In coalition with 35 other national and state disability organizations, individuals and coalitions, AG Bell signed on to a letter from the National Association of the Deaf to advocate for exemption for the hearing requirements in the Federal Motor Carrier’s Safety Administration (FMCA) for truck drivers who are deaf and hard of hearing. The hearing requirement has no evidentiary support and no basis in research or practice. Furthermore, the validity of the hearing requirement has been called into question by the FMCSA’s own study of the issue and by the safe driving records of the 45 experienced drivers now seeking exemptions. The letter advocated for a full, unqualified exemption for the applicants and a removal of the hearing requirement altogether.

Health Plan Coverage in Utah

AG Bell advocated for coverage of bone-anchored implants as part of Utah’s Intermountain Healthcare’s medical policy. Intermountain does not provide coverage for this important auditory intervention for children and adults with appropriate indications. SelectHealth (Intermountain’s health insurance program) is one of the few large carriers in the United States that does not include coverage for this medical device as part of a typical health insurance policy. Access to this auditory intervention is critical for children and adults in Utah. For individuals who are candidates for this implant, there is no other intervention that allows auditory access.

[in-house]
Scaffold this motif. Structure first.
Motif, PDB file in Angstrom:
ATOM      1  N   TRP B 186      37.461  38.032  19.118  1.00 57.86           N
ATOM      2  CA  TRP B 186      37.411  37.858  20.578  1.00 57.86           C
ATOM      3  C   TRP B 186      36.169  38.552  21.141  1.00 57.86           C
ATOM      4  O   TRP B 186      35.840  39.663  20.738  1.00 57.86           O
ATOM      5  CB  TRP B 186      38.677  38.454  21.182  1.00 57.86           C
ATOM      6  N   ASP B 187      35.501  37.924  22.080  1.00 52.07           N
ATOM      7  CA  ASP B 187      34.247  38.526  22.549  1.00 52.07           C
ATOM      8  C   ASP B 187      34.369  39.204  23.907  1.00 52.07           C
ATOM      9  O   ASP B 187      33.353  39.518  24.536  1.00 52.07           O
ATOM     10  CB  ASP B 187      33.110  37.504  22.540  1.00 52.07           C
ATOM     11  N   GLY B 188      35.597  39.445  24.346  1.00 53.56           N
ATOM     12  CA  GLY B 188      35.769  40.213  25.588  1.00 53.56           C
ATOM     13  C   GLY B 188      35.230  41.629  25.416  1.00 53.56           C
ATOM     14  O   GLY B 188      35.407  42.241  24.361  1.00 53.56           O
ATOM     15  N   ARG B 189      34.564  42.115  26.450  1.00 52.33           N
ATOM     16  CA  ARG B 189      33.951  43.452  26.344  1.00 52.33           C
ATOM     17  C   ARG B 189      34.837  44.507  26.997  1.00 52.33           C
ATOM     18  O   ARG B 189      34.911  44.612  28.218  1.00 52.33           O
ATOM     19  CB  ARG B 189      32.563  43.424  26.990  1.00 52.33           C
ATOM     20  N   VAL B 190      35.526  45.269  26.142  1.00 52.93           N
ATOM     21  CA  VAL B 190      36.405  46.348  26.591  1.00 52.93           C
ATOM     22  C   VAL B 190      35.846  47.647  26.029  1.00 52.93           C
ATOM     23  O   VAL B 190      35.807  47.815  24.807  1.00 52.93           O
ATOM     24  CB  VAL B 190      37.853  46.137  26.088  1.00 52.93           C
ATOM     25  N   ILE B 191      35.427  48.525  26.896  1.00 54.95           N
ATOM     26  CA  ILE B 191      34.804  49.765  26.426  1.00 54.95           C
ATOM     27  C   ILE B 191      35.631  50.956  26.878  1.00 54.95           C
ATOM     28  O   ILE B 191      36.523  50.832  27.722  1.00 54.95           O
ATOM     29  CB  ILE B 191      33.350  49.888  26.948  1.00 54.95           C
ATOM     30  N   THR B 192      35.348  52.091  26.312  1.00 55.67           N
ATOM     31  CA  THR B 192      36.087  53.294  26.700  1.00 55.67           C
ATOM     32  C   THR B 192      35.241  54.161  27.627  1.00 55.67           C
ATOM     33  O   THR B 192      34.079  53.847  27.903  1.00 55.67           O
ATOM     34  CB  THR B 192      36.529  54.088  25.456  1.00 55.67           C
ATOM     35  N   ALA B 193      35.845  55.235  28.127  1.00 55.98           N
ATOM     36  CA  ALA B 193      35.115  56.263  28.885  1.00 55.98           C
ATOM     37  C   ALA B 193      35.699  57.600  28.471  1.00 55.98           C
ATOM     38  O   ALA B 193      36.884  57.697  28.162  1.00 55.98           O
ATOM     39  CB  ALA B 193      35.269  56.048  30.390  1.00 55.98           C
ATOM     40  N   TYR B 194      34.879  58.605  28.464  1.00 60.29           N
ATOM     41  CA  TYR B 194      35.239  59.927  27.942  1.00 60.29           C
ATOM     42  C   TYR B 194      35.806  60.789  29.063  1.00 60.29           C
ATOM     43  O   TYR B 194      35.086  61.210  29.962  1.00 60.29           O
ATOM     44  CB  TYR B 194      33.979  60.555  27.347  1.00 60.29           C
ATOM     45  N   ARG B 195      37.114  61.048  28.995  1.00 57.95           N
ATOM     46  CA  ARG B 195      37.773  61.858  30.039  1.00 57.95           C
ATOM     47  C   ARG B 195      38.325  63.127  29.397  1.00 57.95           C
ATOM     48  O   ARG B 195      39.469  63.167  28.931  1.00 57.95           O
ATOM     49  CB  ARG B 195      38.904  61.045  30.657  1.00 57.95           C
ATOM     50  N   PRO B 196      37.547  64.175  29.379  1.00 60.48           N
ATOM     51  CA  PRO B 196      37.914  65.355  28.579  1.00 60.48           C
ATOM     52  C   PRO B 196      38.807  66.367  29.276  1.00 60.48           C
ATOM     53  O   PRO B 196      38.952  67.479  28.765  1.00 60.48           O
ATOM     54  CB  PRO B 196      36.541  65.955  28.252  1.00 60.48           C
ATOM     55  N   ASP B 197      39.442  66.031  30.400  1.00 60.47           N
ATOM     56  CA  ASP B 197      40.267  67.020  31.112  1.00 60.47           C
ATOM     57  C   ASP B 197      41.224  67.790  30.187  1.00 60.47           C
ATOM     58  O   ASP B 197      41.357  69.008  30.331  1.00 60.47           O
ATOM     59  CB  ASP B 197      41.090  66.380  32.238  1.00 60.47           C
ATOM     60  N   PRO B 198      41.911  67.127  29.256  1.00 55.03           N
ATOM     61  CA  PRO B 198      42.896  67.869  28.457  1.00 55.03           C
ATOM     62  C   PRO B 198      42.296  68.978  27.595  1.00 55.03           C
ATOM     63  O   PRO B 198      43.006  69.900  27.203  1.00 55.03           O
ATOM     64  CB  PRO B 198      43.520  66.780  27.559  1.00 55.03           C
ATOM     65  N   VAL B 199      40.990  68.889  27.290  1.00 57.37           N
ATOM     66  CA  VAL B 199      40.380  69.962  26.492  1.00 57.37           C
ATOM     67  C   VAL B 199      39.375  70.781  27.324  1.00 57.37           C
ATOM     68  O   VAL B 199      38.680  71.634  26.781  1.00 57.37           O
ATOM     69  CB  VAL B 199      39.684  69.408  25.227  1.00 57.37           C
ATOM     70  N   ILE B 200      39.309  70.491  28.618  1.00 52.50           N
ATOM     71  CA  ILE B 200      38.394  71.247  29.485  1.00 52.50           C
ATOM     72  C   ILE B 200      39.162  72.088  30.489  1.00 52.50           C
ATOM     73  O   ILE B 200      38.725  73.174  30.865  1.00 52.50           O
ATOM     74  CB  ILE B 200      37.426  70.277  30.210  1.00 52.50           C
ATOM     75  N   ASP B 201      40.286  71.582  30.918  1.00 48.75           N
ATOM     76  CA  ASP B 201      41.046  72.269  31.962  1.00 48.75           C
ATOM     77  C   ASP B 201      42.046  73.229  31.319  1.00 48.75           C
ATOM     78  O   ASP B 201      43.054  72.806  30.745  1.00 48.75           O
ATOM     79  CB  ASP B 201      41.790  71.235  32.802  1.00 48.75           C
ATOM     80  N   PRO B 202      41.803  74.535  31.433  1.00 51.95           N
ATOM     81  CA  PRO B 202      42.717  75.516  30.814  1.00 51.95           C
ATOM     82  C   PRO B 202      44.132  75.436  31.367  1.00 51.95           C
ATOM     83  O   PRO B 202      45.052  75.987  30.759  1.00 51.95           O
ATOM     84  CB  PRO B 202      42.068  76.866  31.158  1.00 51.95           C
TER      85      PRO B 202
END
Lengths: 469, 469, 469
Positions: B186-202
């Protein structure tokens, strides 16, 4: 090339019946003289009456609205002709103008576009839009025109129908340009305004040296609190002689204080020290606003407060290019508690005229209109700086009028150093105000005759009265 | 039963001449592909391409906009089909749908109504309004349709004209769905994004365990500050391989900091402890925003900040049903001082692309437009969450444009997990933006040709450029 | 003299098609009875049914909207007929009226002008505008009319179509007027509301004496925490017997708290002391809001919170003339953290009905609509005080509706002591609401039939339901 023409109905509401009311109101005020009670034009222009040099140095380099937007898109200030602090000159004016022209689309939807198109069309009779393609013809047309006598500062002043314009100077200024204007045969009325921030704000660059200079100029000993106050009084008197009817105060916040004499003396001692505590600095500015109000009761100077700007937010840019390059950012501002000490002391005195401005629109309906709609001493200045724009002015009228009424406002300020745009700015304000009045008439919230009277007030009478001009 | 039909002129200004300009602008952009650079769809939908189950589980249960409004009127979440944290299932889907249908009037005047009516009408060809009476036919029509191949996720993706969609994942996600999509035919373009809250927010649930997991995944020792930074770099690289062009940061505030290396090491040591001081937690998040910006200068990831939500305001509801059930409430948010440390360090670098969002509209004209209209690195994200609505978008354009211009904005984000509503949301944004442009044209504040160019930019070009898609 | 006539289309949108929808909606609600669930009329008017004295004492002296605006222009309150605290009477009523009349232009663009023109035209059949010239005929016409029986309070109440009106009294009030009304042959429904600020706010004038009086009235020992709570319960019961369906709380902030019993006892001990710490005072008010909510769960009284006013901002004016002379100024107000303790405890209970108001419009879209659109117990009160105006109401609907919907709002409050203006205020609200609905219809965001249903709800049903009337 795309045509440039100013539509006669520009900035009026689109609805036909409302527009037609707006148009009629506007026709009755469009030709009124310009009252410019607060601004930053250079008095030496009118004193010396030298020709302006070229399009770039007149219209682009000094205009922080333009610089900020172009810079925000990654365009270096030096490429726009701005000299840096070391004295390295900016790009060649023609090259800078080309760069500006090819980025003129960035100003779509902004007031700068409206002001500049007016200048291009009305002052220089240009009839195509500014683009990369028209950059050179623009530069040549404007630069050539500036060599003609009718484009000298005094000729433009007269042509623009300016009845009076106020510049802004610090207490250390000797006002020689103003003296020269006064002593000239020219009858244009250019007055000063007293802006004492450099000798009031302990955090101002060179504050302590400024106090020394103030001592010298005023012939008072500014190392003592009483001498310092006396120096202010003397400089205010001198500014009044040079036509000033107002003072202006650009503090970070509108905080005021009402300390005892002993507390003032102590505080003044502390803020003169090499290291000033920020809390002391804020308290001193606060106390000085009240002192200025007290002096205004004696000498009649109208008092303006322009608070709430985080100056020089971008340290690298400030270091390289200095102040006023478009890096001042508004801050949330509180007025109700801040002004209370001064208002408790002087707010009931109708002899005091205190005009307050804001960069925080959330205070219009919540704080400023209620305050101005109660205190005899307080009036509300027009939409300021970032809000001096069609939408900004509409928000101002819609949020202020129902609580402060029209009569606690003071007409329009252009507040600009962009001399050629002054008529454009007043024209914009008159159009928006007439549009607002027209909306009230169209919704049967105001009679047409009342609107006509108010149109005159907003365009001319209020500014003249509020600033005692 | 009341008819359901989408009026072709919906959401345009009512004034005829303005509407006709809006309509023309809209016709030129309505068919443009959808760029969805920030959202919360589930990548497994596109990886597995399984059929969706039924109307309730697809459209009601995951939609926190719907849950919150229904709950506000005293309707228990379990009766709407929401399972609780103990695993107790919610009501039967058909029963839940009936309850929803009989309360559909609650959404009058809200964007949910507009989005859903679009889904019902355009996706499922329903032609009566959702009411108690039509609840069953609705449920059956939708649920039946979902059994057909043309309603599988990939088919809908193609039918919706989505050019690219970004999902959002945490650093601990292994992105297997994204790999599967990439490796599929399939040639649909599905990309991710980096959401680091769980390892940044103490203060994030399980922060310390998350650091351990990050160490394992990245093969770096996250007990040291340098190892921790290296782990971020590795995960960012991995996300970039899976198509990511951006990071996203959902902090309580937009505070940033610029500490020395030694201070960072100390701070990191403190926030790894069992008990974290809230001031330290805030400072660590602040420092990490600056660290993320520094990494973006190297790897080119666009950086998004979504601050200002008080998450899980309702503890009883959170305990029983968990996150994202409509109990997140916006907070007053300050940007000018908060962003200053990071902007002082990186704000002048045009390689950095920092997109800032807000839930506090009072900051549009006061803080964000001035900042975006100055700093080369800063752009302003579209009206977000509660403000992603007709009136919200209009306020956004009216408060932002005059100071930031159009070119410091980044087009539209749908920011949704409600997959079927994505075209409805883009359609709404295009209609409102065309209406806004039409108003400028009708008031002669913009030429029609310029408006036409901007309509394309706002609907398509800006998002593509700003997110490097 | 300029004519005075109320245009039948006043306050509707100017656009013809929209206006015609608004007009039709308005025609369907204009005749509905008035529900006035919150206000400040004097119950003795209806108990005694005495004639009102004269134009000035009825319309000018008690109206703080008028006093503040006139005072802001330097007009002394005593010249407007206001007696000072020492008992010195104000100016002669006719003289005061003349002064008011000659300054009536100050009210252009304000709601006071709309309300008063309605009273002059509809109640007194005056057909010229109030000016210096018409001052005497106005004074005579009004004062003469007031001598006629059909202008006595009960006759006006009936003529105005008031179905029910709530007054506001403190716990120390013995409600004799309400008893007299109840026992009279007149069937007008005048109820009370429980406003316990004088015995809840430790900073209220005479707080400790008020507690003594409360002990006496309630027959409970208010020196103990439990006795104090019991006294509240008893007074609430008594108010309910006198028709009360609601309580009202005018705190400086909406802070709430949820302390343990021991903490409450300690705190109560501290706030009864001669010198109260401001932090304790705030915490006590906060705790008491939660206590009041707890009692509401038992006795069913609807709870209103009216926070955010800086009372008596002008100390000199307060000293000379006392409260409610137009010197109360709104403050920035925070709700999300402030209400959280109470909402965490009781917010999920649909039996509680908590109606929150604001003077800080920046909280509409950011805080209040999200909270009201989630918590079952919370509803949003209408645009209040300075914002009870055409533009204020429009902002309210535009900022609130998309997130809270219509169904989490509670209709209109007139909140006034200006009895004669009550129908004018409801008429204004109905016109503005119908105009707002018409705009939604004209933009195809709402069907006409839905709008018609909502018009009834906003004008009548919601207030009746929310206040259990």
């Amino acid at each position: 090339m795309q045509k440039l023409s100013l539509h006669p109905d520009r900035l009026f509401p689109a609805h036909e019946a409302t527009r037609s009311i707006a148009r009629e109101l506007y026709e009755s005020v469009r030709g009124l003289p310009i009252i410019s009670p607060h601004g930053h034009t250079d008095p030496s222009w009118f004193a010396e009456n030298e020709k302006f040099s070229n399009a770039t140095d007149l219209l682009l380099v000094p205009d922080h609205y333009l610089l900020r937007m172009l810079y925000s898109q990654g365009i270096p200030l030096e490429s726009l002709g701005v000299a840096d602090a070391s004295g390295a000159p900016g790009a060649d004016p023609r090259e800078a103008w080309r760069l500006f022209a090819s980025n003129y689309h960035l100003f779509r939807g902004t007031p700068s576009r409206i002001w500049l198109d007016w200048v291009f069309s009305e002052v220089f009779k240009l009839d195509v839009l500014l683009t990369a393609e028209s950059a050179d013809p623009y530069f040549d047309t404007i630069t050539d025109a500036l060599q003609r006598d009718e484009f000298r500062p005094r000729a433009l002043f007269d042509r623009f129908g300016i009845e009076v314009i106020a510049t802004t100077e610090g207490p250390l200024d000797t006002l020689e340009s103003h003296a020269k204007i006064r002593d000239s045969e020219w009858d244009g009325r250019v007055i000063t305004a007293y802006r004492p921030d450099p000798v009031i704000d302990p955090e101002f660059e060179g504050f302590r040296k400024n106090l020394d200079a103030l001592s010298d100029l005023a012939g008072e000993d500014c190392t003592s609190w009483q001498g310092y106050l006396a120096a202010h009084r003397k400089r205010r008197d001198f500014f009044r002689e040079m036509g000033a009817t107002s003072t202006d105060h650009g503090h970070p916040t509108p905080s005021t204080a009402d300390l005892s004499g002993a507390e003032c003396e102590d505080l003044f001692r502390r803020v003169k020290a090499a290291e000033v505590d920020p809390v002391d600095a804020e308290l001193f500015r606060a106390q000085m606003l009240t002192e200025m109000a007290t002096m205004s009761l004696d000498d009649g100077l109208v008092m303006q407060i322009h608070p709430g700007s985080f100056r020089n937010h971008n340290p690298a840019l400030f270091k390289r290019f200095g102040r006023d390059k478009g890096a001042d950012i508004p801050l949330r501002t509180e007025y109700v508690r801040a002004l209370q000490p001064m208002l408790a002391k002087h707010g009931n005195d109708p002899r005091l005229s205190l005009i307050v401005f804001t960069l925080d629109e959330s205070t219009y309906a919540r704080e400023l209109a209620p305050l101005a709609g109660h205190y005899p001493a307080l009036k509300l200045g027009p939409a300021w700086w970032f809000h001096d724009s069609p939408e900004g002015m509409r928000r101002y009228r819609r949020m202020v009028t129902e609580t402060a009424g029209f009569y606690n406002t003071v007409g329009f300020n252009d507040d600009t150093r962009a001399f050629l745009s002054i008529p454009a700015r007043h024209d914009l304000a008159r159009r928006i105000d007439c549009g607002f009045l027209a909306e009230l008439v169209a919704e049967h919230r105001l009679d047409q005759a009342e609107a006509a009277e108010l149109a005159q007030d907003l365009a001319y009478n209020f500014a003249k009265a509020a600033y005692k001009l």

Meet the AG Bell Public Affairs Council

The Public Affairs Council (PAC) directs the advocacy work of the association by establishing public affairs issue priorities, reviewing letters for sign on, and developing position statements on key issues. PAC members include: John Stanton (chair), Joni Alberg, Rachel Arfa, Bill Corwin, Ben Dubin, Rachel Dubin, Bruce Goldstein, Jack Roush, and Jay Wyant.

Source: Volta Voices, January/February 2013